Seoul and southern parts of the Chungcheong region in central Korea came under the influence of a weak sandstorm from China and Inner Mongolia on Tuesday morning. This is the third sandstorm this year after some mild ones in Seoul early March and marks the start of the spring sandstorm season.
The Korea Meteorological Administration said most of the dust is expected to blow through the country without settling, but some areas are expected to see higher-than-usual amounts of dust. A weak sandstorm usually has a dust density of less than 400㎍/㎥.
There is a chance of stronger sandstorms to follow. "Snow has melted in the regions where the sandstorms originate, so all it takes are some strong winds to carry a massive sandstorm this way," a weatherman said. "The worst time of the year is until early April, when the country falls under the effect of strong northwesterly winds."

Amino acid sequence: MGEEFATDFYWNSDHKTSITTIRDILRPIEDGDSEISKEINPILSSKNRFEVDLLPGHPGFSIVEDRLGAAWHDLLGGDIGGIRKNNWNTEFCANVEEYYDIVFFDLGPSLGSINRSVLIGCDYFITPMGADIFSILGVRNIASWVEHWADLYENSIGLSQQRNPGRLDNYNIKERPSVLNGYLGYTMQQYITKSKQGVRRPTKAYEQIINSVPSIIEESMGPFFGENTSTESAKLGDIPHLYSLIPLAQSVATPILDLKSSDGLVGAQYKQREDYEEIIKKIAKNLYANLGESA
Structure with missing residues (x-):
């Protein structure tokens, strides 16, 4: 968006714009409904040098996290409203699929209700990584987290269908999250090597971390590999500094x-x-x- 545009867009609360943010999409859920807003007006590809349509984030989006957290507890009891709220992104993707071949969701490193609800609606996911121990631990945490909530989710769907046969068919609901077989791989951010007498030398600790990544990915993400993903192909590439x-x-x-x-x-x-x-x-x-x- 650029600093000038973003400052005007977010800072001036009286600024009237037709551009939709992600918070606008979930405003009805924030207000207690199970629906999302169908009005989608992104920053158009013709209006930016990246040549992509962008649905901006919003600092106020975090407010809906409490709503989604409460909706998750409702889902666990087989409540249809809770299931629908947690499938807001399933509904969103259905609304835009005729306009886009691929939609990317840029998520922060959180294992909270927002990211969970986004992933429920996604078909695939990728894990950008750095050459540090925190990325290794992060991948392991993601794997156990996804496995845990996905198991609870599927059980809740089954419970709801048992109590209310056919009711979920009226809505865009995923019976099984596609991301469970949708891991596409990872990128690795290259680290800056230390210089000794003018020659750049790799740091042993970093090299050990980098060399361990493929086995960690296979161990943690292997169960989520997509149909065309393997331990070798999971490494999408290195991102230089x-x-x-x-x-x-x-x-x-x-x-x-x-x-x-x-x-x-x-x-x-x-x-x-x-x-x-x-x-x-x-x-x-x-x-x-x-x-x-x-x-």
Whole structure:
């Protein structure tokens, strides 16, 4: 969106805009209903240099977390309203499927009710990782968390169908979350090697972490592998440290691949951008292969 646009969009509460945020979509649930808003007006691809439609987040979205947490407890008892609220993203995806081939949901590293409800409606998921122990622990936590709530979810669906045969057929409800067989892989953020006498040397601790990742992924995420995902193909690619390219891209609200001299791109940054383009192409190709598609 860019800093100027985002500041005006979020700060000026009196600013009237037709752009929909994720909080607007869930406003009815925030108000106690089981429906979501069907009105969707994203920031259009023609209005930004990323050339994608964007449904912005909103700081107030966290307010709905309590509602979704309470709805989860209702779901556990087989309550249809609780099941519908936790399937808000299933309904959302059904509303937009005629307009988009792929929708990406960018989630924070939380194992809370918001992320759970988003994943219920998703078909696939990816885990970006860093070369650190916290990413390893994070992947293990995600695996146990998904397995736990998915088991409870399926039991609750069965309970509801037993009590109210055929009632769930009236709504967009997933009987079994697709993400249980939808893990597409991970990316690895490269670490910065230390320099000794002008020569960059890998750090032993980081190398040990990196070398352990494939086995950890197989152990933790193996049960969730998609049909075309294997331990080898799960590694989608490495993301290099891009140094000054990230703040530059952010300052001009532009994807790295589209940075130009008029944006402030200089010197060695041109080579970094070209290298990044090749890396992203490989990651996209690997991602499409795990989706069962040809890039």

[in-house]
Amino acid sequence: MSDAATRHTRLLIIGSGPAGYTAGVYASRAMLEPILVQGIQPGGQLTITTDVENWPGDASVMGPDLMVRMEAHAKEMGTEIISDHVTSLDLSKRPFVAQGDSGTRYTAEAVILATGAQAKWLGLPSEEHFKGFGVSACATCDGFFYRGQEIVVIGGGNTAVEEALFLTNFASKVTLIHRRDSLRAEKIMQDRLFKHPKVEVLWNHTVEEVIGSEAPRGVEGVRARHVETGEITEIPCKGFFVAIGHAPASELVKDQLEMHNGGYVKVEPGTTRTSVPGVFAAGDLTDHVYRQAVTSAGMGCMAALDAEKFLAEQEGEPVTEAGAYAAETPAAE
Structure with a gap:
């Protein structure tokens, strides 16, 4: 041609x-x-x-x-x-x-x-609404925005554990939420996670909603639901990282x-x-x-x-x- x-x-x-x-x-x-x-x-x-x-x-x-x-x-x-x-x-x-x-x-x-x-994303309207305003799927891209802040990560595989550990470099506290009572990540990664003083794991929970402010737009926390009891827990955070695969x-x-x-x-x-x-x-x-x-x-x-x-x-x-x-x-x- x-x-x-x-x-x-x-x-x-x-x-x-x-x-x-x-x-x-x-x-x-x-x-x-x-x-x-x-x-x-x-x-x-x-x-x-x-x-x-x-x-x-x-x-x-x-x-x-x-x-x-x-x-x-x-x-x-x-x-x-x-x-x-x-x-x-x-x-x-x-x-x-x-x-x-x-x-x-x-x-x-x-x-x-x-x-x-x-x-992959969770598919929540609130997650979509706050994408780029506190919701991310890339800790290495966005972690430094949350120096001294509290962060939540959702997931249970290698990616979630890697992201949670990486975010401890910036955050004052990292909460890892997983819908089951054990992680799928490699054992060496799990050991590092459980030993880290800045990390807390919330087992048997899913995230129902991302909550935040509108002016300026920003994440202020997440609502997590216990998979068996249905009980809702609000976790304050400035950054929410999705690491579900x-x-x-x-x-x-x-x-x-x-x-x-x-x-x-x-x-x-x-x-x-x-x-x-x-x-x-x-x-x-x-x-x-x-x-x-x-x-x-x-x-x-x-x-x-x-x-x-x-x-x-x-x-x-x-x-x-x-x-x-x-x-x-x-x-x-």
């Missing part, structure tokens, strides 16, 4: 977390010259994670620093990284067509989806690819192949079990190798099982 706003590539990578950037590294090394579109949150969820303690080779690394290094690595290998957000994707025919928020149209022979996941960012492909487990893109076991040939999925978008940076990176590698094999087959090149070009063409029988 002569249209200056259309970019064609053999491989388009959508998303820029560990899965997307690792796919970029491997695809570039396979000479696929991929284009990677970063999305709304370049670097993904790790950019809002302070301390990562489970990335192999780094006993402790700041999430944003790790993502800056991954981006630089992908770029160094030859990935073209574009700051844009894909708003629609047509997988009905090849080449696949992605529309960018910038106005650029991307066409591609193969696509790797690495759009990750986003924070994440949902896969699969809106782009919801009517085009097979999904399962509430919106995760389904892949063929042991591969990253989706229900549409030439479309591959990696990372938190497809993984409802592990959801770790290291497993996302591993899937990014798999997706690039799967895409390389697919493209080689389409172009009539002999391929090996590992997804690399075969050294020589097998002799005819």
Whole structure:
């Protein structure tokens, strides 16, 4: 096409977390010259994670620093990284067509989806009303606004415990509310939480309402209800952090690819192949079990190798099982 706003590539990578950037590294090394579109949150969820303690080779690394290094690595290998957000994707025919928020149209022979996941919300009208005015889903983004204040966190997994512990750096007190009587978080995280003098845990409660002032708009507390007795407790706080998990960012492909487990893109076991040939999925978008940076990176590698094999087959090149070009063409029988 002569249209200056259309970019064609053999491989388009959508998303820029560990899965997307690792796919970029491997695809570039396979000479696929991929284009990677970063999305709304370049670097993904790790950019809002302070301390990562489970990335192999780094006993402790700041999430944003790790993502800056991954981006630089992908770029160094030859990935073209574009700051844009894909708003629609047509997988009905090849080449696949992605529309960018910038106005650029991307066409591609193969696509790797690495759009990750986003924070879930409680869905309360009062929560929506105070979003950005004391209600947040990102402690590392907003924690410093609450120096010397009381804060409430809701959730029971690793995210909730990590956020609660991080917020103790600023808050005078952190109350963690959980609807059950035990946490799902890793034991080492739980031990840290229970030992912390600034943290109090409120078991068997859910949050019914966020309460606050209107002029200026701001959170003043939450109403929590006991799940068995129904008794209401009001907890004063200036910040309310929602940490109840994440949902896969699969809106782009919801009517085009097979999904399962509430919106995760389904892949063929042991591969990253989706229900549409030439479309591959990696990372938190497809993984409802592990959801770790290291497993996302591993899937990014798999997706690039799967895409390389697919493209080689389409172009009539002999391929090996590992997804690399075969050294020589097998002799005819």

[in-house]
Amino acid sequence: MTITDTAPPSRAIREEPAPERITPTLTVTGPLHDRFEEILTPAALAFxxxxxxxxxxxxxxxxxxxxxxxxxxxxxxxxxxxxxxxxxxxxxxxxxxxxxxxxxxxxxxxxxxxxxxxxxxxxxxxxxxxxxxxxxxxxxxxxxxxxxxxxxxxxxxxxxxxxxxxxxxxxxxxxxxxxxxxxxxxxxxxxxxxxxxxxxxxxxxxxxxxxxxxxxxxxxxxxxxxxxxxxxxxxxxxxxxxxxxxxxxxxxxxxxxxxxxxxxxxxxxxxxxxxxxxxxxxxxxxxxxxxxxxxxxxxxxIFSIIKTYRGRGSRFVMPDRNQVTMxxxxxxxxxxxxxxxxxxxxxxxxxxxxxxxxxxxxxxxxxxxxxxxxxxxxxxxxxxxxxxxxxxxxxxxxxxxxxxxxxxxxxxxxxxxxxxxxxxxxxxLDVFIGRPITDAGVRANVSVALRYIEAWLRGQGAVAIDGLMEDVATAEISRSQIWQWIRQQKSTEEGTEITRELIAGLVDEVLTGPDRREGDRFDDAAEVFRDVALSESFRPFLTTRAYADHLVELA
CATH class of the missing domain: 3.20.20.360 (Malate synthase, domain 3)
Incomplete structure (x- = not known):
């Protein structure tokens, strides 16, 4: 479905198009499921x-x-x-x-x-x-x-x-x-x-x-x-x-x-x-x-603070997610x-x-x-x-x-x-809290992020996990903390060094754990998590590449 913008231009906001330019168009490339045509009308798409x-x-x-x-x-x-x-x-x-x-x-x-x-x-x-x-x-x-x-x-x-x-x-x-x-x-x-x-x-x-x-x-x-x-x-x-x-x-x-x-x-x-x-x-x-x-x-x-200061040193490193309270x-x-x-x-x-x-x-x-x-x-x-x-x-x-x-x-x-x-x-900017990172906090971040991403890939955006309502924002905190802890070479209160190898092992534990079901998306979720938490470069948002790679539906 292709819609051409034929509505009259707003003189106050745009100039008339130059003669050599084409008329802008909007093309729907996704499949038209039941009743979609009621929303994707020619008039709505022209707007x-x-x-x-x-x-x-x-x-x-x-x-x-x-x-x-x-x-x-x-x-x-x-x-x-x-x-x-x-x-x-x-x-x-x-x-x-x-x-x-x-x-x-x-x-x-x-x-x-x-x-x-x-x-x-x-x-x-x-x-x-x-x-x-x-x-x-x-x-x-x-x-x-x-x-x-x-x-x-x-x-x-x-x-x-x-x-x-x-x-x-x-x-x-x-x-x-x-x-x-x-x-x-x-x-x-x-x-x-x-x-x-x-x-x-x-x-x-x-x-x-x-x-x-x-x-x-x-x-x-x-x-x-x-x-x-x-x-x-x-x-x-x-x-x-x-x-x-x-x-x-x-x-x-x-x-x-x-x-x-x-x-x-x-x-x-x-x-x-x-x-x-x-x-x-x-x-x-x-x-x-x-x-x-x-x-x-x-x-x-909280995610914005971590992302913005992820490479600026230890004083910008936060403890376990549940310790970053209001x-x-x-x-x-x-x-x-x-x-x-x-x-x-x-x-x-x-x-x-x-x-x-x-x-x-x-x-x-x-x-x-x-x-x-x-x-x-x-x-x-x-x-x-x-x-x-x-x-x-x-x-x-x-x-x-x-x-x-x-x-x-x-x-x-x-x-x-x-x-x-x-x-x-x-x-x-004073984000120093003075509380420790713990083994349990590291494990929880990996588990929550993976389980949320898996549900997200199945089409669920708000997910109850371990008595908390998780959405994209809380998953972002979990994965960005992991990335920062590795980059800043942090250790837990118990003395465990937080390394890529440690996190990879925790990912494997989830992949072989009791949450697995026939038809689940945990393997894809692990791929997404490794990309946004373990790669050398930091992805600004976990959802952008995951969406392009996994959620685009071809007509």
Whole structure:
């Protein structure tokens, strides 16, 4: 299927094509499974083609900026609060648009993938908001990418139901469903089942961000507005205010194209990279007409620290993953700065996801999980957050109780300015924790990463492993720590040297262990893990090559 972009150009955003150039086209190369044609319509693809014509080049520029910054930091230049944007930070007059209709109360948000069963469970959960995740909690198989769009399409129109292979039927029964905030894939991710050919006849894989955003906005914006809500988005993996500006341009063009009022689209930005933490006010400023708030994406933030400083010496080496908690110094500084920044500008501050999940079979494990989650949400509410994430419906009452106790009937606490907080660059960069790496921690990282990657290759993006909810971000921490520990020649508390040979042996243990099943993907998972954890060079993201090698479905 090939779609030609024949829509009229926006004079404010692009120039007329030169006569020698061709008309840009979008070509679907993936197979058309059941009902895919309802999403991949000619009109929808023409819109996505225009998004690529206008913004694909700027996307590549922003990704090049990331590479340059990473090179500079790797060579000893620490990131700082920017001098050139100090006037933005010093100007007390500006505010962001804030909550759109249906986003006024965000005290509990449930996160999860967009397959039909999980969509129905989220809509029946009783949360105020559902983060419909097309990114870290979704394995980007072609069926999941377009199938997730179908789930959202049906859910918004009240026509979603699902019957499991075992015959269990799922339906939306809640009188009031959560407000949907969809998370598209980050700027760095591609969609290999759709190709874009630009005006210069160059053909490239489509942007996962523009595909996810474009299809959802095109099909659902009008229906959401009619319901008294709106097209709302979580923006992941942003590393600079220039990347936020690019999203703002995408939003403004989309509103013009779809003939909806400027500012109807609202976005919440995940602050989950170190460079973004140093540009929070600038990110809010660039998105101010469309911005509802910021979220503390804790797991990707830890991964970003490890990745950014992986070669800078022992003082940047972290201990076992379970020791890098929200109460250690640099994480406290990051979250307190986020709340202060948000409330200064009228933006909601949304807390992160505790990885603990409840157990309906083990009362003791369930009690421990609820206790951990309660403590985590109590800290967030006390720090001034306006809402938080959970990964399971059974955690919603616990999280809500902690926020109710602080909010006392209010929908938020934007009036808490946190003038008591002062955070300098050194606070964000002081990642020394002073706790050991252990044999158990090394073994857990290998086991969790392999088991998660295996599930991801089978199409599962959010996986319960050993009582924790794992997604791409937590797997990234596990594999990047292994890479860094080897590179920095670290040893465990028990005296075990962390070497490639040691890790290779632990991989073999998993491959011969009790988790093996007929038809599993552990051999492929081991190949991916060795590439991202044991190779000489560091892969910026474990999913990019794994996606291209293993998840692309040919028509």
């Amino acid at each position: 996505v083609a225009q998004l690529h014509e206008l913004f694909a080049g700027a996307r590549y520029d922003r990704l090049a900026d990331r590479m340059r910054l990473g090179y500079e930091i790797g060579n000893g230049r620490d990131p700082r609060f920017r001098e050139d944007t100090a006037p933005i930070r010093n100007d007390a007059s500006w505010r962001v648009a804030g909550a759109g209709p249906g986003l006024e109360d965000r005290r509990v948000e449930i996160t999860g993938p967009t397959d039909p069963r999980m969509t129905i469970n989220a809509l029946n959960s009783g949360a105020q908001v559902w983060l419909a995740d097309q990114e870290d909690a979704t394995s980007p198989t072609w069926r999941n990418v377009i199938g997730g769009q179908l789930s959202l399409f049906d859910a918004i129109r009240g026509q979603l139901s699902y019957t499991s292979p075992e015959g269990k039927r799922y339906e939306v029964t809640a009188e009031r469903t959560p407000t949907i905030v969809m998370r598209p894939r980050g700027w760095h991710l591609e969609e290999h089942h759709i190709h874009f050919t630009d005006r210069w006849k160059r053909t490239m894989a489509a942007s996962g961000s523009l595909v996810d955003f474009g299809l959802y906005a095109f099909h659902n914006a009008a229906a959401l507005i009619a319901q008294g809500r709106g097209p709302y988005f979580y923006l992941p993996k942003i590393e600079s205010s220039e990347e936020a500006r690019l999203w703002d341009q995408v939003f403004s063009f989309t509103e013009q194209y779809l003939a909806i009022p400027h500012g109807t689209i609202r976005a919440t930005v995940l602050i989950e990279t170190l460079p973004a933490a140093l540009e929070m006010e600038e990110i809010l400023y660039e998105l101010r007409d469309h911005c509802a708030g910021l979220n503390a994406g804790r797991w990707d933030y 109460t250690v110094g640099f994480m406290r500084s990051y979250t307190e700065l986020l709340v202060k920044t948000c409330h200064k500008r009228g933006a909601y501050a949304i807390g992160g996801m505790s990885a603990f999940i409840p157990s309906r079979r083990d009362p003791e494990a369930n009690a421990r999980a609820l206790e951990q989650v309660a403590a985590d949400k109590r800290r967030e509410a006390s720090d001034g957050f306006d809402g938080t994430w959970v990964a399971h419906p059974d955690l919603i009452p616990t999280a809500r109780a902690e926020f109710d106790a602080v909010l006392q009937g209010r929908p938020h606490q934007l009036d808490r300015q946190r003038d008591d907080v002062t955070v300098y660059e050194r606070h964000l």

But the National Institute of Environmental Research said although Tuesday's sandstorm may be weak, it could contain up to two or three times more heavy metals than ordinary winds. It is being carried by westerly winds past China's eastern seaboard, which is home to a heavy concentration of industrial belts, raising the possibility of picking up lead, arsenic and other toxic particles.
"By analyzing 28 sandstorms that affected Korea over the last three years, we found that 13 of them carried pollutants after passing through China's eastern industrial area," said Kim Jong-chun at NIER.